36. One of the first things you do when installing an Operating System is to create a user account and then use that user account to log in. You only use root to do file level configuration and install applications. So, if after the install you logged into KDE, you should have done so as user, not root. The next step was to configure kde according the your whims and desires.

    So it seems that the review came before the configuration was completed. You cheated yourself of truly testing Skackware. You need to install it, configure it, and then use it for a while.

    Obviously if you are used to other Distro, you need to give yourself time to learn Slackware before passing judgment upon it. When I first used UBUNTU I found it too limiting and the use of sudo, instead of just login into a root terminal, a waste of time. Furthermore, while based on Debian Testing, UBUNTU is not 100 % compatible with Debian, which is a problem.

    I still have Ubuntu somewhere, but I have gone back to Debian, and lately I am testing LinuxMint Debian Edition that claims to be a 100% Debian Compatible rollover edition (you only need to install it once)....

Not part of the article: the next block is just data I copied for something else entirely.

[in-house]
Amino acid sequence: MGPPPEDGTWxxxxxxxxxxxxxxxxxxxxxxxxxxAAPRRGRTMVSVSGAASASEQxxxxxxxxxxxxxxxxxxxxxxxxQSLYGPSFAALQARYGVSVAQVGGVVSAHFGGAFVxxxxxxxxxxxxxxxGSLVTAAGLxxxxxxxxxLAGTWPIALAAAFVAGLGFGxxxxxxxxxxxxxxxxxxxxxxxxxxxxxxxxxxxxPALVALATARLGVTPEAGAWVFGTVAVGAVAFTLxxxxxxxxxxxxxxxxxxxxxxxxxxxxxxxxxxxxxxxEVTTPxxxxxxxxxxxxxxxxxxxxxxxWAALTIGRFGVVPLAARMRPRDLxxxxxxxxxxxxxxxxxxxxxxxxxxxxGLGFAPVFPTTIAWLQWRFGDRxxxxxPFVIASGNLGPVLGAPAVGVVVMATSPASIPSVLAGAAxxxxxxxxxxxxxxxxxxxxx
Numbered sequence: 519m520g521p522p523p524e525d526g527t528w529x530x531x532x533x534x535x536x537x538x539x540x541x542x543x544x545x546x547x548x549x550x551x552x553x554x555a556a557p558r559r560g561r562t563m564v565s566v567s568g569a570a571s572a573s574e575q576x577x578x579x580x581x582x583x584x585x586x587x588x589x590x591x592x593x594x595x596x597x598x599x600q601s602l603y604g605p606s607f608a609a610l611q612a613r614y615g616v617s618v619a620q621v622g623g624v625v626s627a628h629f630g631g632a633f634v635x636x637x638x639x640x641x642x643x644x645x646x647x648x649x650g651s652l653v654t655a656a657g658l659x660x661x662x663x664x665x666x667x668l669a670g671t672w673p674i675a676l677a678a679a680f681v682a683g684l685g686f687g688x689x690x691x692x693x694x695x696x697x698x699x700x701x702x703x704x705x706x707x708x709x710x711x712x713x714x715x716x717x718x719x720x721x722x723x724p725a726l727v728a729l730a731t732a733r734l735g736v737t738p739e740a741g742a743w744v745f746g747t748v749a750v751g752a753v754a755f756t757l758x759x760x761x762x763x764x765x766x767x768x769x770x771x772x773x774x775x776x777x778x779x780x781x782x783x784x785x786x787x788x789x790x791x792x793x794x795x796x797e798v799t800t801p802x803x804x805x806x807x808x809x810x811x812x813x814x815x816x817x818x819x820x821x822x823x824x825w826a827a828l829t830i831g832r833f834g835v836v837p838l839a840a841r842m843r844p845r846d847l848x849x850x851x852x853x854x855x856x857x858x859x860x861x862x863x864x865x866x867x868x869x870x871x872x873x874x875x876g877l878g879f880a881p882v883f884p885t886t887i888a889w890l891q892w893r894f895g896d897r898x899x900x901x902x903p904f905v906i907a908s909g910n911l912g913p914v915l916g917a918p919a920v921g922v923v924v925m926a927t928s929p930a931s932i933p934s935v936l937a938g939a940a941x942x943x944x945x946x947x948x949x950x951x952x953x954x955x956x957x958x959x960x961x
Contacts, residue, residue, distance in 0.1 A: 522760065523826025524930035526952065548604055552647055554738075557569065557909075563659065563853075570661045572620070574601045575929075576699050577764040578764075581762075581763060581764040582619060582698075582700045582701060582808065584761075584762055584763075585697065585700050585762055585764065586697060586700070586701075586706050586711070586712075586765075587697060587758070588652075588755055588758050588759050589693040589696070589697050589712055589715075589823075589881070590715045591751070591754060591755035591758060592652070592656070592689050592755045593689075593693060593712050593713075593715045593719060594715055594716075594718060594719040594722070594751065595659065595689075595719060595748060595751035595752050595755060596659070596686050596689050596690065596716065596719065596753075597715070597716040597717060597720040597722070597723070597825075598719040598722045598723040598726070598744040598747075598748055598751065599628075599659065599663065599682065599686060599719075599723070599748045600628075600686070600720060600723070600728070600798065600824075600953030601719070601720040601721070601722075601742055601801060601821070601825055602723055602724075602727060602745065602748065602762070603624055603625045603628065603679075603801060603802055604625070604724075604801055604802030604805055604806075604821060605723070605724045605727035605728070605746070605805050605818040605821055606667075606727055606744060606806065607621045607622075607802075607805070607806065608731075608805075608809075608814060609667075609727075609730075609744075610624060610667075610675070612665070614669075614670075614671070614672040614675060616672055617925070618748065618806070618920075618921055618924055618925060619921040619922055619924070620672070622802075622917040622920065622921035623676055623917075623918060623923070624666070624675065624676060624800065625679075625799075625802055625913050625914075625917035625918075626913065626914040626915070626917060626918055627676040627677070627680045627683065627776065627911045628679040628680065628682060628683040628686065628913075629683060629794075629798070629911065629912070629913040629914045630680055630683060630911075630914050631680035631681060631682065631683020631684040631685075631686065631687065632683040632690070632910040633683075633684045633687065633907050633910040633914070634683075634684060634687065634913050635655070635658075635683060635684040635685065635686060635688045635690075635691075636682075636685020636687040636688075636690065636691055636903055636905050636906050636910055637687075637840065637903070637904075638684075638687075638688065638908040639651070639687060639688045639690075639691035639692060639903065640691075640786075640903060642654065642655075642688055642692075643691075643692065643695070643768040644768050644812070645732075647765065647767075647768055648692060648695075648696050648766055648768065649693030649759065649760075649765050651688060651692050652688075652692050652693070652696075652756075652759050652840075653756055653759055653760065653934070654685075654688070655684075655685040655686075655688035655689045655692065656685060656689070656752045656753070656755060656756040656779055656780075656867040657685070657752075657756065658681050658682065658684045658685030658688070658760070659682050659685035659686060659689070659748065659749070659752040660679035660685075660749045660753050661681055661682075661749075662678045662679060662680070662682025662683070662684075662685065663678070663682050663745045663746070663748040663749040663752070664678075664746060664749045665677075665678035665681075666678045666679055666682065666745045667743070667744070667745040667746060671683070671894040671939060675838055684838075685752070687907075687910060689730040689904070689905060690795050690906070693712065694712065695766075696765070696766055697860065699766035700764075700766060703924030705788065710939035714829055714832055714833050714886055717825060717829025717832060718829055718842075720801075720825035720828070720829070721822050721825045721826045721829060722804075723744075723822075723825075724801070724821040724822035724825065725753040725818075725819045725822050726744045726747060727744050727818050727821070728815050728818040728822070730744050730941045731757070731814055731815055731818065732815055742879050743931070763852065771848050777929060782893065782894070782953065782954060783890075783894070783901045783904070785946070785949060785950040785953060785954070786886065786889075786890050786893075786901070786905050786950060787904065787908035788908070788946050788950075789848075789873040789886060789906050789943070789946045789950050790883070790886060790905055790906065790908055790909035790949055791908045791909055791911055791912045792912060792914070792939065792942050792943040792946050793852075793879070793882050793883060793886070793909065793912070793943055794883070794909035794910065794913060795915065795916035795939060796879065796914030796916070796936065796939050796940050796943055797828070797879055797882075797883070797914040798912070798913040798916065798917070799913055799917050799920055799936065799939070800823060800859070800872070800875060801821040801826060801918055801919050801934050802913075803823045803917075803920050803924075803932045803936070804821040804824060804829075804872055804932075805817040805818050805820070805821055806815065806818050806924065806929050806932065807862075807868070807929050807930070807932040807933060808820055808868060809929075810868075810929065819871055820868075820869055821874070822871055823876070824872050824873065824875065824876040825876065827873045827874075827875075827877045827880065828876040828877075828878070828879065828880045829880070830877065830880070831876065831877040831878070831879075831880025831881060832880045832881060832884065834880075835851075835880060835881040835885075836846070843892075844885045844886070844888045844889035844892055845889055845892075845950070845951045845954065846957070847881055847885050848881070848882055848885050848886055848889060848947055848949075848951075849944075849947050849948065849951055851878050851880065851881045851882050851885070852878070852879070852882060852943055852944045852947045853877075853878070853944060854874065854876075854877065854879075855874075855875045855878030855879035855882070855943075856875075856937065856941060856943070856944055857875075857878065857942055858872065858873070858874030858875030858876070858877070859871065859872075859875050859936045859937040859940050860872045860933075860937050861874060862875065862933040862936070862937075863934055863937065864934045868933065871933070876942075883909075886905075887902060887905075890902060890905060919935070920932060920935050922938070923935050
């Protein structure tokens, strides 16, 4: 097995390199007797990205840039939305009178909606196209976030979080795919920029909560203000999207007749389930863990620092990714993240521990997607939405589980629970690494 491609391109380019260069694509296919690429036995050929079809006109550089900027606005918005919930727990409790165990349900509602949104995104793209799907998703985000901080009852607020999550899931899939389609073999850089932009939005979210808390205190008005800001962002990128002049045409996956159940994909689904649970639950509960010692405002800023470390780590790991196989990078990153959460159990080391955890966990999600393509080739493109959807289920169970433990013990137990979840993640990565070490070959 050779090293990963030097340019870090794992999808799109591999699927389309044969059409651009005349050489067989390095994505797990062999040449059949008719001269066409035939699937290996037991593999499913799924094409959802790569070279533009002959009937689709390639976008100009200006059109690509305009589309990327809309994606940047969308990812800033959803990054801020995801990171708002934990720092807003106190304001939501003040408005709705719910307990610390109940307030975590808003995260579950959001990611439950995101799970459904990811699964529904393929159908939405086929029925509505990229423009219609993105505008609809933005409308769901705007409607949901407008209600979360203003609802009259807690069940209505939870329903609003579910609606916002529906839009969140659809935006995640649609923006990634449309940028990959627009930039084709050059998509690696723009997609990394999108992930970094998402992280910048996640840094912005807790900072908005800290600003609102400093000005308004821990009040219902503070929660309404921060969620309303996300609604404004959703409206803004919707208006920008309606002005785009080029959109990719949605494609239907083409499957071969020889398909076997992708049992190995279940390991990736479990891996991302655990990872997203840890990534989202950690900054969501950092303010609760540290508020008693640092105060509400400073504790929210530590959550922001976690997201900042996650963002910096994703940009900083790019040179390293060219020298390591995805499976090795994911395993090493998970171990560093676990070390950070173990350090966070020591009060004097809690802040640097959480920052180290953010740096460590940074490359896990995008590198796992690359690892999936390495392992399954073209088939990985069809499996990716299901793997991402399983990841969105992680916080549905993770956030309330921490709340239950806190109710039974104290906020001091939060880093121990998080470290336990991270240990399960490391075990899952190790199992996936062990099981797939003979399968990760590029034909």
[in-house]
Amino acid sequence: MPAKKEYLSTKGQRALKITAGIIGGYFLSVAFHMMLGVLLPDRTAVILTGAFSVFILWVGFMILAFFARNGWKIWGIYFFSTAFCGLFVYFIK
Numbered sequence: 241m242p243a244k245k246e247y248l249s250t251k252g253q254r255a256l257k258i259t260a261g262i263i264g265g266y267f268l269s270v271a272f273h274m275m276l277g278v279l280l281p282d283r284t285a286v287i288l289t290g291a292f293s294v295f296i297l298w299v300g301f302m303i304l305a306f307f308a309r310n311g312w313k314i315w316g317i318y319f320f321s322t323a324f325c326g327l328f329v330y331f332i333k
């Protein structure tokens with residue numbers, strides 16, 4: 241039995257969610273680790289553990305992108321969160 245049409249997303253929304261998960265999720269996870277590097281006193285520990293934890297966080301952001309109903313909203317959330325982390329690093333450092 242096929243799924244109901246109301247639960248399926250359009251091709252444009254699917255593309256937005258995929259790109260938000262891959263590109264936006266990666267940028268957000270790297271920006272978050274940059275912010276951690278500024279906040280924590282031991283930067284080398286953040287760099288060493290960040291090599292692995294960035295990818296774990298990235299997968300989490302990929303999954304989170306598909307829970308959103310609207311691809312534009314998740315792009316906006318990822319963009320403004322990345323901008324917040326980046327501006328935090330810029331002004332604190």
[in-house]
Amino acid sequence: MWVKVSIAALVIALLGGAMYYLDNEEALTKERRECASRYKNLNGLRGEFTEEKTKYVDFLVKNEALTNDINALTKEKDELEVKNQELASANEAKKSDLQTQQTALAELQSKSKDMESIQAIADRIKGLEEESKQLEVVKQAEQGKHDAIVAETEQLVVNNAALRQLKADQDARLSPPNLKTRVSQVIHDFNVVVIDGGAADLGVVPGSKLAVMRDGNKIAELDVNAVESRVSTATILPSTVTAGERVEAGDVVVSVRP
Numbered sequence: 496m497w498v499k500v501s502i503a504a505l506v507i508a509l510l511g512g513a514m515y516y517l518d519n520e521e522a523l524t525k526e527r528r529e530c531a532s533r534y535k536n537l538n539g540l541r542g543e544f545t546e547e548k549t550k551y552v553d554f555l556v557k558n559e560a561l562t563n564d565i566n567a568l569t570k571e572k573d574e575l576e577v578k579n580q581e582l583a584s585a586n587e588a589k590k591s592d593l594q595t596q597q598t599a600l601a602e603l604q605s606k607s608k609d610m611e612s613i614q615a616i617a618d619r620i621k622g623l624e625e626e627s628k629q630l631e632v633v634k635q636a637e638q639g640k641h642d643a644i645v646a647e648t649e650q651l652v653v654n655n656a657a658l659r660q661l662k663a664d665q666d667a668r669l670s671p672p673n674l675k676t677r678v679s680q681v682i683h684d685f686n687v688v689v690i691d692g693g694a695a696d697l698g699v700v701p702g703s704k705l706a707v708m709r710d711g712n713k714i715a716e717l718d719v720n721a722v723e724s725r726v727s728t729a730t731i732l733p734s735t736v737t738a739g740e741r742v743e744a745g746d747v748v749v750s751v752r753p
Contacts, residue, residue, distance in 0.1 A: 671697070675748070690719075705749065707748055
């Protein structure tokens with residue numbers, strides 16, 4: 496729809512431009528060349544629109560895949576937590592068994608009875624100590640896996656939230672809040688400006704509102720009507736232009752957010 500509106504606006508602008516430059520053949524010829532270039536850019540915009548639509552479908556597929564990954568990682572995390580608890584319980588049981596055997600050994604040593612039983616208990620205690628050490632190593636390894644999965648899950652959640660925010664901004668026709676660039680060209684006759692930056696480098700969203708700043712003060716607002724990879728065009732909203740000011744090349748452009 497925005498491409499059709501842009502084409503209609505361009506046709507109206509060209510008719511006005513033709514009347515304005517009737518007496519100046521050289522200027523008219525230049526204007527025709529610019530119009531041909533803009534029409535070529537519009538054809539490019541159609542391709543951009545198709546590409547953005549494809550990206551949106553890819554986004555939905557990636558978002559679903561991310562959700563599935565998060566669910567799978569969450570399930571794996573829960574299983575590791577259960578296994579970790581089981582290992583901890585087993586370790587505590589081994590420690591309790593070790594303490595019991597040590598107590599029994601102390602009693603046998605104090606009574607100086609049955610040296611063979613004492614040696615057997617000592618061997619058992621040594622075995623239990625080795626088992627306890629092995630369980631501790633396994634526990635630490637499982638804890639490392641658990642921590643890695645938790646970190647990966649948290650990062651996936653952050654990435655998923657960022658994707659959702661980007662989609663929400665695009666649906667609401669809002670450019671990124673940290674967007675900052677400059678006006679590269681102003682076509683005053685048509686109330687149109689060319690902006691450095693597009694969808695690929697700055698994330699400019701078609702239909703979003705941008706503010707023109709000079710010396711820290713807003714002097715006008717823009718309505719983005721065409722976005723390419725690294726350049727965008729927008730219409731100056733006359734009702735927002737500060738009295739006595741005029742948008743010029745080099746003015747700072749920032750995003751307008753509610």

37. @Hannes Worst: I should look at them some time as well.
    @Anonymous: That's good to know.
    @Ezequiel Gonzalez: I guess that may be true for a lot of reviewers, but I prefer reviewing what the base system is like. In general, I don't plan on replacing Linux Mint as my primary OS, just because I don't see any point in doing so. Therefore, I typically don't find any need to configure the systems I test just because I only use them for a relatively short while anyway. My assumption was that logging into root would give me a good enough idea about the distribution anyway. (Or, yes, I got lazy.) Also, with regard to Ubuntu, I believe only the LTS releases are based on Debian Testing. The other releases are based on Debian Unstable "Sid". Finally, I have reviewed LMDE here before (so please do check it out). It's ridiculously lightweight for a fully-featured GNOME distribution, and I like the idea of getting away from the hubbub over Ubuntu's lately controversial decisions regarding future releases as well as never having to do a full reinstallation of the OS (unless something goes horribly wrong).
    Thanks for the comments!

  38. Re: "I have never suffered that problem before (in VirtualBox), so I'm not entirely sure why you find it so unreasonable that I mention that." Look at the machine data on VirtualBox. By default, you have PCnet-FAST III for network adapter. This does not change if you have a wired Ethernet connection, or wireless connection, or whatever. If an OS within VirtualBox "does not recognize" the network, it has nothing to do with your adapter because all it sees is the one of the VirtualBox.